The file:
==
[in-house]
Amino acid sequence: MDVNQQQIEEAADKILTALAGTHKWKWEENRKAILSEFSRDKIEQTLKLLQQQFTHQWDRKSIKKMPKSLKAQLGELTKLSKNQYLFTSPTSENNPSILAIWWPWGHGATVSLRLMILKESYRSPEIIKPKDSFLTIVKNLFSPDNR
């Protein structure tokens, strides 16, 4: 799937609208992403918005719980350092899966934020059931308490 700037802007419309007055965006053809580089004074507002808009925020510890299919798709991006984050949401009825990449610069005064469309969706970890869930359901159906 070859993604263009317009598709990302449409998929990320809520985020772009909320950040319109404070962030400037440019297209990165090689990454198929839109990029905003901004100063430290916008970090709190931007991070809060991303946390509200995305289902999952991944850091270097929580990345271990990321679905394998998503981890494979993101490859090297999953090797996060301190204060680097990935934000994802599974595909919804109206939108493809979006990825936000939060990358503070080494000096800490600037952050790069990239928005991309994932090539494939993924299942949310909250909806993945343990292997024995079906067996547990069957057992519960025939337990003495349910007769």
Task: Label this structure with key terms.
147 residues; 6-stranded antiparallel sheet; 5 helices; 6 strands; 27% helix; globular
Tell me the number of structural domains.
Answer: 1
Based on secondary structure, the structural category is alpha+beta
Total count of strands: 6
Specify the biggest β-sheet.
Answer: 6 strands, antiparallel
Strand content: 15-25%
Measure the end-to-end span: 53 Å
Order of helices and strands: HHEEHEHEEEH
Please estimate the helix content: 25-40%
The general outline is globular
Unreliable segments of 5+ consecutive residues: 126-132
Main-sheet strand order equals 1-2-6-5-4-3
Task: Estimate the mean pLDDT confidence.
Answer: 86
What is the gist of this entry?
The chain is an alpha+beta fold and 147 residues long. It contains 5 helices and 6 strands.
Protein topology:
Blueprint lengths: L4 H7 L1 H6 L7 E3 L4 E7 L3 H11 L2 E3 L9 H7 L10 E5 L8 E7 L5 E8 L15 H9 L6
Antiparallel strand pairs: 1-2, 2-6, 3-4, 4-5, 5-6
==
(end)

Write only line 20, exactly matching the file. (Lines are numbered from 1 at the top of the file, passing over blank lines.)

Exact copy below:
Answer: 86